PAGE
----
Call of the Wild: On Men and Civilization

I’ve never said this before but Call of the Wild by Jack London is probably, seriously, one of the best novels I’ve ever read in my adult life. It ranks so high up, easily top 3.

Now with that out of the way, I can say that there are some parts of this book that taught me and disturbed me a lot at the same time. The biggest, and probably the most significant one, was during the early part of the story, where a dog was trying to be kind to another dog—which was much more seasoned, and wilder than her, in a sense—and seeing her kindness, civility was paid with violence immediately. Why?

In the word of Buck himself:

So that was the way. No fair play. Once down, that was the end of you.

Those simple three sentences hold deeper meaning in my opinion, and some of them are easy to digest: this is the wild. They are animals. Being kind and sympathetic would mean showing weaknesses, and the wild don’t like weaknesses. Going into the wild would mean shedding the virtues of civilization and back into the ages of self-protecting, constant vigilance, staying strong, and never going down nor giving up.

Once down, that was the end of you.

And these principles ring true for almost the whole first arc of the novel. Buck grew stronger. Buck learned the rules, knowing his surroundings, who his enemies are, and how to take them down. Not just that, he even went ahead and became the alpha of his sled dog crew. It all has the feels of an ultra-masculine story, and for a while, it seemed like the novel would be consistent in this direction.

However, the second and third arcs showed pretty different things. This time, instead of Buck conflicting against nature or against the other dogs, he was faced with two kinds of humans: a more posh, civilized type, and the other one is someone who’s been living those two realms––both wild and civil.

Man with dogsled team hauling moose meat, circa 1897-1903

To be honest, reading the second arc was actually kind of painful for me: I can feel the frustrations Buck and probably the other dogs had, having three civilized humans whose civility slowly and consistently degraded over time leading them along an excruciating journey in which the destination would be more pain, or even worse, death––which was, unfortunately for the other dogs and those three humans, actually the fate that befell them in the end.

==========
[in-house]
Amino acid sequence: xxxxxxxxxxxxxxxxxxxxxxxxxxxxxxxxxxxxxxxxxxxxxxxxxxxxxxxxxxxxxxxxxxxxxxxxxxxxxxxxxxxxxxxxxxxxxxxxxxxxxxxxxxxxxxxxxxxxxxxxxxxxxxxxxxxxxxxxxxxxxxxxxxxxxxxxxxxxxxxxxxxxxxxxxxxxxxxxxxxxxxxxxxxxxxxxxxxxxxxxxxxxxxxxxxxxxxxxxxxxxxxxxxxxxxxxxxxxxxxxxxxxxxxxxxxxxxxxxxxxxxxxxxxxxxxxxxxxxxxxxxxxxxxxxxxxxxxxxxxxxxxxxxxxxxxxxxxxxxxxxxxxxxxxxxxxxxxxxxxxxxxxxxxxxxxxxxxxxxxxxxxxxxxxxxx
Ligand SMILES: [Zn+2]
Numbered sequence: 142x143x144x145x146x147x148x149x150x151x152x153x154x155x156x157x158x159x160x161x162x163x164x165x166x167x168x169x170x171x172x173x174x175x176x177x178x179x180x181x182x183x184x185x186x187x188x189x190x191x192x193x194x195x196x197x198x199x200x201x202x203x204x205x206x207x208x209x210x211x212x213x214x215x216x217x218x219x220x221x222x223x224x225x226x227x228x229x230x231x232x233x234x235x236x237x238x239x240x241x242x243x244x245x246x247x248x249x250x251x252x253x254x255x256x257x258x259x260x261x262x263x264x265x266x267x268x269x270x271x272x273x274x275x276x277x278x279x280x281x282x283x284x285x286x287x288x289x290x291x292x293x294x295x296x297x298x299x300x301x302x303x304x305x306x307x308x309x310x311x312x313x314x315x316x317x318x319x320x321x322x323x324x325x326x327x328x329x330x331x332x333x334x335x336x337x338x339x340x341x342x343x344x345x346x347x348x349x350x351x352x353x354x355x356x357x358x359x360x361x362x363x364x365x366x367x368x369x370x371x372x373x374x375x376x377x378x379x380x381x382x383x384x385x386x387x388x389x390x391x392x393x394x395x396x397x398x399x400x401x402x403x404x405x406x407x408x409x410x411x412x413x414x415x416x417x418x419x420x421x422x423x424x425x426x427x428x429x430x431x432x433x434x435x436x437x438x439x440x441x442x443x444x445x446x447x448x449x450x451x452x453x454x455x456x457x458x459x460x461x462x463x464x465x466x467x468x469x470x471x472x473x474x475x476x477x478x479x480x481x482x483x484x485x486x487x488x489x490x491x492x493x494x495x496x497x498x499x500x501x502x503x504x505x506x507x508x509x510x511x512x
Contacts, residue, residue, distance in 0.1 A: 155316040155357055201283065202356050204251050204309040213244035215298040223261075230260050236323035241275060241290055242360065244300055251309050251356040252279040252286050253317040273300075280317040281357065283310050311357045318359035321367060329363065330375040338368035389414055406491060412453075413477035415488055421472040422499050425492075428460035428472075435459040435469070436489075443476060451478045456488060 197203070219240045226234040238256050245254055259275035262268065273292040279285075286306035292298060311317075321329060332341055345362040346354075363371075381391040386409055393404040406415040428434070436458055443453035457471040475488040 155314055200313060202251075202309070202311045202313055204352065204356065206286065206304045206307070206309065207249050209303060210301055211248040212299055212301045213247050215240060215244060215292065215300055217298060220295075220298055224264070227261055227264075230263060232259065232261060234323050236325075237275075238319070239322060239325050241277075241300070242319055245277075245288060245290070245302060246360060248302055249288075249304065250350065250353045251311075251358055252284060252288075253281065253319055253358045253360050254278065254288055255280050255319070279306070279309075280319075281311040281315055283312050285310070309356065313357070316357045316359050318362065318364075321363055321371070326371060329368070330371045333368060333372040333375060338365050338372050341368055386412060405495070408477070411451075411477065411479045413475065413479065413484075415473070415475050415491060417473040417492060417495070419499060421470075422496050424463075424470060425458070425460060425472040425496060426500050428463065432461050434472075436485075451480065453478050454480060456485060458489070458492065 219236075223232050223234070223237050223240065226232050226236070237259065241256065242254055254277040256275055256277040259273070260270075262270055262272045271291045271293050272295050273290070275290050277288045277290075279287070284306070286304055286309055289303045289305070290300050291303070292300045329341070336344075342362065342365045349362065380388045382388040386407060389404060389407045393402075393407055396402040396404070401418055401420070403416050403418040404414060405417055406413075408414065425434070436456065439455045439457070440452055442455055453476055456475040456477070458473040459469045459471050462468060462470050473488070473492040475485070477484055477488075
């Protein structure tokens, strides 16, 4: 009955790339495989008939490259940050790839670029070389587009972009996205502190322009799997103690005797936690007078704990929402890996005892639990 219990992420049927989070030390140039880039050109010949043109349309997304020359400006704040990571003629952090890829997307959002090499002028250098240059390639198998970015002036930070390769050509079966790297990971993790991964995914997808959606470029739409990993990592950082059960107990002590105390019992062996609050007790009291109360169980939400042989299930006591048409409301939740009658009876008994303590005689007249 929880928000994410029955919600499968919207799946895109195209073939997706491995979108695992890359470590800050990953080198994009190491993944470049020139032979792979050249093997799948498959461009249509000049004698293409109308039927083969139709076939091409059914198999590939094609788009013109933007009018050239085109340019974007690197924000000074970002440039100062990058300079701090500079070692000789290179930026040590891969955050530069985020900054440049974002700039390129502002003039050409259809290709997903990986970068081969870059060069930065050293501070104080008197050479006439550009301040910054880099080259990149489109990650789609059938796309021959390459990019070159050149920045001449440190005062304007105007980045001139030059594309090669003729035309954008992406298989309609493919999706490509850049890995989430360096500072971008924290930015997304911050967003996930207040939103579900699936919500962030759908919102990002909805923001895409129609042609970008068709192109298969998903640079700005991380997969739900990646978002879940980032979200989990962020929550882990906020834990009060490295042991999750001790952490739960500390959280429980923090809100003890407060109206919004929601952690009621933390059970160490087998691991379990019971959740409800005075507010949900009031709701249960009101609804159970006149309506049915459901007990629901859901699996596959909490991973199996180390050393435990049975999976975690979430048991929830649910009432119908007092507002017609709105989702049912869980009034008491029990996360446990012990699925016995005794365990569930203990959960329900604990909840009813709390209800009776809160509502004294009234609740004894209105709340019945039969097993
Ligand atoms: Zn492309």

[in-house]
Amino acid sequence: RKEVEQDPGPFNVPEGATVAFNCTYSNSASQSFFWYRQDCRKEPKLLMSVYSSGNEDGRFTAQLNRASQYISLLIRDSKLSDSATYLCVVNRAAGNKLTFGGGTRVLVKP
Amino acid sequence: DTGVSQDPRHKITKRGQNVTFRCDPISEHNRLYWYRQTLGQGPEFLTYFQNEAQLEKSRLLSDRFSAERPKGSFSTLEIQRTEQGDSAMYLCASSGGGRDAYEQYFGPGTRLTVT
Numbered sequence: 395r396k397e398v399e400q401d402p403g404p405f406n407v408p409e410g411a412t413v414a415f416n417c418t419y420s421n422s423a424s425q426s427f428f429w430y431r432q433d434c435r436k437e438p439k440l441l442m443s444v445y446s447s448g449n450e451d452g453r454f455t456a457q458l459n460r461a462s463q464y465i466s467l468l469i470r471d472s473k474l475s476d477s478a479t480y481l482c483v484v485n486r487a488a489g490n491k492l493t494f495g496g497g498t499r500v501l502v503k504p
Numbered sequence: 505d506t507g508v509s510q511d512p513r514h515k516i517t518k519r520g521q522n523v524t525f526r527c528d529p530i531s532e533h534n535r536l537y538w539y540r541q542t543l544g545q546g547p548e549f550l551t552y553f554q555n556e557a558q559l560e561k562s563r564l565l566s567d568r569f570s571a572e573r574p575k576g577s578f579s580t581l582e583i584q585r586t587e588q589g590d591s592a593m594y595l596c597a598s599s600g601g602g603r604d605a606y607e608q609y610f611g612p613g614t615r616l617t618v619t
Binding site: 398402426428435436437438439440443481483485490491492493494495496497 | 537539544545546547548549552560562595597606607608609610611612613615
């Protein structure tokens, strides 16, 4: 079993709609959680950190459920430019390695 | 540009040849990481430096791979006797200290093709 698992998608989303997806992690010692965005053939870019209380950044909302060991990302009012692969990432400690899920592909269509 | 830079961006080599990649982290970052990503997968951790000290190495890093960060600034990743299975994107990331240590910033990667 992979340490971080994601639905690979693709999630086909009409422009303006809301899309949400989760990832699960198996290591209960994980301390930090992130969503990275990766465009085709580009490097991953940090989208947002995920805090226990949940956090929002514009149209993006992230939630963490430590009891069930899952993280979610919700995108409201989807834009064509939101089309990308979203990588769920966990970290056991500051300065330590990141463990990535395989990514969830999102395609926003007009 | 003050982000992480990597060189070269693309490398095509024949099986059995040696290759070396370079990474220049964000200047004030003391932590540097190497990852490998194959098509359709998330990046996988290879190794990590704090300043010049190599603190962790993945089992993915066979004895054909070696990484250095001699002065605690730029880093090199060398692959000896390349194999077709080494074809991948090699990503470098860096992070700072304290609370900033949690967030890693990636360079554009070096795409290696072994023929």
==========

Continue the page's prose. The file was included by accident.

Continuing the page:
That right there, I paused and tried to digest it. For both animals and humans, civility was posed as a threat in the wild. However, the difference is, for animals, civility could cause them danger from outside threats, while for humans, civility could cause them danger from inside. Indeed, seeing (or reading) three civilized people having their civility degraded bit by bit because of harsh situations, and turning into each other for the slightest of problems, felt like a reflection of what’s been happening in the world these days, and it hurt a little. It hurt, even more, when I realized that, had those men refused to cling desperately to the civilization (in their case, lots and lots of luggage) that they had, they could probably survive the wild easily.

Illustration of Buck and Thornton from the novel

Those two parts hit me hard, but I wasn’t prepared for the last arc, where Buck found John Thornton.

At last, Buck found love and warmth, something he hadn’t even had during his previous lives in the wild and within the civilization. What’s more, his new life seemed to be resemble some kind of balance between the wild and the civilization: Thornton brought him on adventures, going to new lands and seeking golds, all while still being within the circle of civility of mankind. At the same time, the wild kept calling for Buck, and at one point, they even had an emissary––a wild wolf, with whom Buck spent a lot of time running and playing together––and again, Buck is within a crossroads.

I expected some kind of turning point where Buck would choose between answering the call of the wild or staying with John Thornton, under the warmth of love and hearth for the rest of his life. Unfortunate for Thornton, he and his friends were murdered by the natives Yeehats. In a rage, Buck killed some of them and after that, he was alone. No more human ties, nothing.

In the end, Buck found the wolf pack in which the wild wolf he often played with was a part of. He thus decided to follow the call of the wild, and be part of them, leaving the civilization behind. And thus that was the part that hit me quite hard: twice, Buck left the civilization: once was by force and once was by decision. However, on both of them, humans––men––played big part in it.

Men were the ones trying to keep the civilization in him and men were also the ones destroying it, forcing him to be back to the pack, wild, savage life where, of course, comfort is lacking, but it’s something that really belongs to him by nature.

Makes me wonder if that’s also the road many of us would have had to take in near future.

Landschaft mit Gebirgssee, Morgen

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